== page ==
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Arthur Penn dead at 88

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#1 of 4 Henry Gale

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Posted September 29 2010 - 04:49 PM


“Arthur Penn brought the sensibility of ’60s European art films to American movies,” the writer-director Paul Schrader said. “He paved the way for the new generation of American directors who came out of film schools.”

Many of the now-classic films of what was branded the New American Cinema of the 1970s — among them Martin Scorsese’s “Taxi Driver” and Francis Ford Coppola’s “Godfather” — would have been unthinkable without “Bonnie and Clyde” to lead the way.

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#2 of 4 Steve Christou

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Posted September 30 2010 - 04:30 AM

Watched Bonnie & Clyde a few months ago. But it's been a while since I watched Little Big Man, so this weekend maybe.


Hmmm I always thought he was related to Sean.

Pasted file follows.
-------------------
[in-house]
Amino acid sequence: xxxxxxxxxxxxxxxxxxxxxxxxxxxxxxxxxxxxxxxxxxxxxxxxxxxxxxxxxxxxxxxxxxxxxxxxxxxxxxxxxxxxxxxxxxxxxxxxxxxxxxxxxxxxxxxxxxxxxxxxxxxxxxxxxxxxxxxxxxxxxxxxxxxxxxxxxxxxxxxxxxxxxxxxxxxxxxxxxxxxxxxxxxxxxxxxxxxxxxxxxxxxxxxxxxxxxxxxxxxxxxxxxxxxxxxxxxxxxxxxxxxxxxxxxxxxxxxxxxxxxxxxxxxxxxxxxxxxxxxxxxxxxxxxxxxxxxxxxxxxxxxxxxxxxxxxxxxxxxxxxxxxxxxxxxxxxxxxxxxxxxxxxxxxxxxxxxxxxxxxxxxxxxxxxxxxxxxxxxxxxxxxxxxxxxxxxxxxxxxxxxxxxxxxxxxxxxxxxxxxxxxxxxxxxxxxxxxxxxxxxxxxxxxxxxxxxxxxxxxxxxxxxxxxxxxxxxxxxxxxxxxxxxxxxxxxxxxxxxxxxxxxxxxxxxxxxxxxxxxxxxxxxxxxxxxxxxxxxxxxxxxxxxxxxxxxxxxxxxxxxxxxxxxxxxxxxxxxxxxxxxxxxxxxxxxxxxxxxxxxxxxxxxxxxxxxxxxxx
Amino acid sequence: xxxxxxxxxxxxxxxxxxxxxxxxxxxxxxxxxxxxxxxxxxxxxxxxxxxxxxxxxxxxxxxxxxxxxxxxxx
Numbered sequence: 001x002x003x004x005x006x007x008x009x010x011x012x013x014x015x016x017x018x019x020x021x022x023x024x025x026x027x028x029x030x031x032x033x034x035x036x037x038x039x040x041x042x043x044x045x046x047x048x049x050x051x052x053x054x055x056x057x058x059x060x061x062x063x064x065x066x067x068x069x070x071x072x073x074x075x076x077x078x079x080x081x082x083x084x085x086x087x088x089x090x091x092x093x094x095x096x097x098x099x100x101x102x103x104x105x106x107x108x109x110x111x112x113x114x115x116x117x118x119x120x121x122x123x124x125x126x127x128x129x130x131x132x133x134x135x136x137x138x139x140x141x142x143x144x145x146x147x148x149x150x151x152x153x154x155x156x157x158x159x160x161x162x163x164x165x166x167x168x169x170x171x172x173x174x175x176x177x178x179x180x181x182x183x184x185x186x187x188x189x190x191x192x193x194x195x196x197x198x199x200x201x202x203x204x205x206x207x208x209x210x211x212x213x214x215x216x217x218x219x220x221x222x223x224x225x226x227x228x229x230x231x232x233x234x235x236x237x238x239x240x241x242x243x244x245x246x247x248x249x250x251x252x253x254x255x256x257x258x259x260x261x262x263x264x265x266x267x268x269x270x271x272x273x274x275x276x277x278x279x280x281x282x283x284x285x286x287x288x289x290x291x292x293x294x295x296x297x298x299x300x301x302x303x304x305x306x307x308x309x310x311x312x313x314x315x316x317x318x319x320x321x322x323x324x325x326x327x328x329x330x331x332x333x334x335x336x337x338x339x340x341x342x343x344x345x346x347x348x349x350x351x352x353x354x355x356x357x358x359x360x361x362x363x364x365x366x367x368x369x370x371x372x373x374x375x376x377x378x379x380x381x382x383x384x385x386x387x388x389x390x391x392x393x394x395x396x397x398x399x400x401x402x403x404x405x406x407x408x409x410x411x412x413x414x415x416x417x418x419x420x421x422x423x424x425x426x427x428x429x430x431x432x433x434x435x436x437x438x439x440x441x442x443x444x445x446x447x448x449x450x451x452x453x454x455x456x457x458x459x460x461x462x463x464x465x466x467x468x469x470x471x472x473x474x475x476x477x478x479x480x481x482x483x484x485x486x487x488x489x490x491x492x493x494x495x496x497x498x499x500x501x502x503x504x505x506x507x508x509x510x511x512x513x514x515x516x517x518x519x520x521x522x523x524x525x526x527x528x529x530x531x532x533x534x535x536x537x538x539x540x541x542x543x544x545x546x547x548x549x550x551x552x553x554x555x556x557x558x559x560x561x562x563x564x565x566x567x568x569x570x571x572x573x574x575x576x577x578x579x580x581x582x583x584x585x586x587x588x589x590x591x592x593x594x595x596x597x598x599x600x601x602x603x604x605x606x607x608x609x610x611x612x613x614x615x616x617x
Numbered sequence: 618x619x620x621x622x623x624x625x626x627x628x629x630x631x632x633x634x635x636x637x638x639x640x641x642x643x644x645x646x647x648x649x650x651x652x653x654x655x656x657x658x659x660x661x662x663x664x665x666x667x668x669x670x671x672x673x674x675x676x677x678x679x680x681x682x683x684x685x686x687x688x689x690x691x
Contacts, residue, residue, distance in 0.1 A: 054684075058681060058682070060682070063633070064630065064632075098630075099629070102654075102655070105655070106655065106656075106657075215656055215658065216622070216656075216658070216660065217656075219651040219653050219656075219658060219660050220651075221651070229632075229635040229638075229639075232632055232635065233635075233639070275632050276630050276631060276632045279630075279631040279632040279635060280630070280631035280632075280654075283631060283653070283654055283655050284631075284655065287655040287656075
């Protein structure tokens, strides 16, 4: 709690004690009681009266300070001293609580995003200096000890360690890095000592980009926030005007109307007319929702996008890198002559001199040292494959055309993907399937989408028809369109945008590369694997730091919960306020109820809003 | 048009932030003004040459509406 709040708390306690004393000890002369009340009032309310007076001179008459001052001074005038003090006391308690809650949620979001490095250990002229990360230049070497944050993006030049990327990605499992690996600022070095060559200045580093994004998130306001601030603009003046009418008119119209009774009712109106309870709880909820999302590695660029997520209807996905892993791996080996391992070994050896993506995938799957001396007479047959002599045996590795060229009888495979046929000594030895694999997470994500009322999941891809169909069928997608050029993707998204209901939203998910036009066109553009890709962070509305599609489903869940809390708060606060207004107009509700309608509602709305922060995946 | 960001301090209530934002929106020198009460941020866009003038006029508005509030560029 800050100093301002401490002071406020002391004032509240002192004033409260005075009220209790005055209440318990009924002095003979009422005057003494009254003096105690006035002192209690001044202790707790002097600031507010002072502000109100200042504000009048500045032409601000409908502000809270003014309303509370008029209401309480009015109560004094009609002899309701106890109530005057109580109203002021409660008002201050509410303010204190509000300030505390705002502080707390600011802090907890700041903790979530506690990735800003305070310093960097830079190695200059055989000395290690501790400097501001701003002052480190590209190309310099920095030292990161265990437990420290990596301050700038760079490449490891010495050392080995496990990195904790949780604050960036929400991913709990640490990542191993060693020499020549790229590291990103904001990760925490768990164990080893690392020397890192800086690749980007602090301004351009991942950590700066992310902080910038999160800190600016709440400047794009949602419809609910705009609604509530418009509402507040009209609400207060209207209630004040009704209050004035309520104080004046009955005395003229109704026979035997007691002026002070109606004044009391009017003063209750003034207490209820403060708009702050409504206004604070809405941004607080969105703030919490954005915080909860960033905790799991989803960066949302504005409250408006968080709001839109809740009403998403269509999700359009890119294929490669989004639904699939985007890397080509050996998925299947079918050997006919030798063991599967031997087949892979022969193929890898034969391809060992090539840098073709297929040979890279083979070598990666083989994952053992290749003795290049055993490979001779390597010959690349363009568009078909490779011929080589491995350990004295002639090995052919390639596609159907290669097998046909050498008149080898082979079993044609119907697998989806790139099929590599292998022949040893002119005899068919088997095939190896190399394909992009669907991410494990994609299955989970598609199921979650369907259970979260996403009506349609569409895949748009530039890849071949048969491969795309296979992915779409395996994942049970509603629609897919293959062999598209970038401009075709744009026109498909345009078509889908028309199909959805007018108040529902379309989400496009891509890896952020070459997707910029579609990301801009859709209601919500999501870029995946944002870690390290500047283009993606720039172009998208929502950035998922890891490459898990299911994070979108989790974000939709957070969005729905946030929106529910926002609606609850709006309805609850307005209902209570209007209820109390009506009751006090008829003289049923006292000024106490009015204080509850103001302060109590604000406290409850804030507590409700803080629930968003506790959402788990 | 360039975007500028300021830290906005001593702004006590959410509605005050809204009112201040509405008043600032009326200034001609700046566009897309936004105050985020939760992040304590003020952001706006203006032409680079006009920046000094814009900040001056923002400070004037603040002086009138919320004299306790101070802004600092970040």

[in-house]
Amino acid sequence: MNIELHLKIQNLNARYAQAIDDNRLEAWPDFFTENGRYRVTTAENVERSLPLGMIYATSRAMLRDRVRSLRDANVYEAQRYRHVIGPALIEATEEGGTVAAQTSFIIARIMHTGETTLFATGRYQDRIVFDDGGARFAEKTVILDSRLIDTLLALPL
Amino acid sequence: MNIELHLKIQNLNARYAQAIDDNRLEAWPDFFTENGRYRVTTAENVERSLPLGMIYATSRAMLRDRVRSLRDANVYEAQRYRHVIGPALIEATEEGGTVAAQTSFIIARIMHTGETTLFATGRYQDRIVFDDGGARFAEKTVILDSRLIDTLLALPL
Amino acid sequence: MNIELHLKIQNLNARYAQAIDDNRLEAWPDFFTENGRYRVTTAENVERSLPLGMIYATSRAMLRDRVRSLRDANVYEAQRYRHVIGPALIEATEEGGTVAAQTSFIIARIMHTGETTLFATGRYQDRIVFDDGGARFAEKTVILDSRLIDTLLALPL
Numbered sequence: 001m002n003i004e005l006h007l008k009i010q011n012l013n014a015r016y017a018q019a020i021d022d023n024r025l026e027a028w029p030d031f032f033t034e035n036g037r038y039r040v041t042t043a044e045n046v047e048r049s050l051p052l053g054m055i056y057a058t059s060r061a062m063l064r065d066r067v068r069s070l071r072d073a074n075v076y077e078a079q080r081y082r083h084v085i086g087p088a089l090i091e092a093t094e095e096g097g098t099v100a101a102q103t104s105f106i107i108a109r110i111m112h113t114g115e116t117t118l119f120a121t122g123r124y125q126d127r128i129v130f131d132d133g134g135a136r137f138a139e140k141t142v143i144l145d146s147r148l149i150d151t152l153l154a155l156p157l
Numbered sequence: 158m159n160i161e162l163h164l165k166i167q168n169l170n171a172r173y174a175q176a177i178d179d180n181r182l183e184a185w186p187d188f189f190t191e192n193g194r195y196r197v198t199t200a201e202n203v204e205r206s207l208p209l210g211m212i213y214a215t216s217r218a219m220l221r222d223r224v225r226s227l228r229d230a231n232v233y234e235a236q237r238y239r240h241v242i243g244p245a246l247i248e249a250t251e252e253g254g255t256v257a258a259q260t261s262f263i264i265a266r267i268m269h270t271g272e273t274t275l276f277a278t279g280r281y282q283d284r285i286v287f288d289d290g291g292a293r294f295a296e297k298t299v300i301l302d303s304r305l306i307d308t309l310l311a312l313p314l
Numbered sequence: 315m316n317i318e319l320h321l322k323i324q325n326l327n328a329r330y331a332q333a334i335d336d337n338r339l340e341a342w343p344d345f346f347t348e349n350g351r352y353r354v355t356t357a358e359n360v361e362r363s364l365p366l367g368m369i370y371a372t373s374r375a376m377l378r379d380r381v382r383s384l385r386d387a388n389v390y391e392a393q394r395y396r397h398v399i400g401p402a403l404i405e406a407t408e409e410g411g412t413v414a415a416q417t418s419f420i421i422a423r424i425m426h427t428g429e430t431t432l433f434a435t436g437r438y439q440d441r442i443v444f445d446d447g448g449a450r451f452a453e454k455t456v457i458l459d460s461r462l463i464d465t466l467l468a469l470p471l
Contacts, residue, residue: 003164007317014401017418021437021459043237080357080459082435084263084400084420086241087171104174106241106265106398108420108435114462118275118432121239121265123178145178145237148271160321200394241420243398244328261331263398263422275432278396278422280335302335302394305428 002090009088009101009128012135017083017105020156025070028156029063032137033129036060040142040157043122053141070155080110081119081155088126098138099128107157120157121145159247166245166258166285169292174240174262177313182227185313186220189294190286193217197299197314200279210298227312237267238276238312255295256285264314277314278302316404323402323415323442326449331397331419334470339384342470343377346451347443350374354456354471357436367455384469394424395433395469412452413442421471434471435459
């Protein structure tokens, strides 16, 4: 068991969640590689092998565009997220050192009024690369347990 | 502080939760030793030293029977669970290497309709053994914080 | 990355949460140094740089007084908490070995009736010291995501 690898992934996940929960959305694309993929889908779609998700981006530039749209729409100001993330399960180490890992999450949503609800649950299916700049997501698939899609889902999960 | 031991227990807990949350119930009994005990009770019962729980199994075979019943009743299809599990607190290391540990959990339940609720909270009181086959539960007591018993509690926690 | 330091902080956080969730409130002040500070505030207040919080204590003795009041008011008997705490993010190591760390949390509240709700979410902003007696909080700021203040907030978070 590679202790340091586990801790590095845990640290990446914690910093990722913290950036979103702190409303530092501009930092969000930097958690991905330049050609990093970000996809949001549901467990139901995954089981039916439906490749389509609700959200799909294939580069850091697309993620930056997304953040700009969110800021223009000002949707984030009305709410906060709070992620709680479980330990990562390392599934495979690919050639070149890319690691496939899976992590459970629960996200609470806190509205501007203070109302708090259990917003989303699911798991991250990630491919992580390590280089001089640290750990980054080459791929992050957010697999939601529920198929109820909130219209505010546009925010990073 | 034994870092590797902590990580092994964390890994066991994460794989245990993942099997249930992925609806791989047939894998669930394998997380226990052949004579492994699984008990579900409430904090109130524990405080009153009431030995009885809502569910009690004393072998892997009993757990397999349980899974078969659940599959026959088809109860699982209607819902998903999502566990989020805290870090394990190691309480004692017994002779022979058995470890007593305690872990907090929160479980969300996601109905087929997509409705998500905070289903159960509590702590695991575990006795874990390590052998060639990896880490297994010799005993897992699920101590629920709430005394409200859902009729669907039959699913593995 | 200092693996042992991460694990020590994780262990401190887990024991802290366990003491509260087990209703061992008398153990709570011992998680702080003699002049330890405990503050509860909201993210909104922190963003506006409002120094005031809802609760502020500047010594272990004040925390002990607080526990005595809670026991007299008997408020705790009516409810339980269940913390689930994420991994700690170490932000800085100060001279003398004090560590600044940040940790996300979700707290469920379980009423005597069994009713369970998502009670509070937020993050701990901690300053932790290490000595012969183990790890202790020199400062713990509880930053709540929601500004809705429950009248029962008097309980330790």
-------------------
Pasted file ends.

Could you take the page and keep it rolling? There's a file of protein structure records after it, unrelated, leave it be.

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#3 of 4 Michael Reuben

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Posted September 30 2010 - 05:16 AM

The full Times obit is well worth reading. It's probably impossible to overstate his influence. Her worked in movies, TV and on the stage. He directed The Miracle Worker in all three media and directed Anne Bancroft to both a Tony and an Oscar. I'm sure someone has counted up the number of acting awards and nominations for which he was the responsible director. The numbers will be impressive.

I saw his last Broadway production, Fortune's Fool, with Alan Bates and Frank Langella. (It was also Bates's last live performance.) It was a 19th century play that felt utterly contemporary, because it was an ultimately sad story told with long stretches of farcical comedy -- the kind of thing that only a skilled director would know how to balance and modulate. Both Bates and Langella won awards.

Penn loved to be surprised by performances. He had the spirit of an indie filmmaker.

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#4 of 4 cafink



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Posted September 30 2010 - 08:29 AM

It's not one of his better-known movies, but I liked Penn & Teller Get Killed.  Last night, Teller shared a few brief thoughts and stories of working with (Arthur) Penn via Twitter:  http://www.twitter.com/MrTeller



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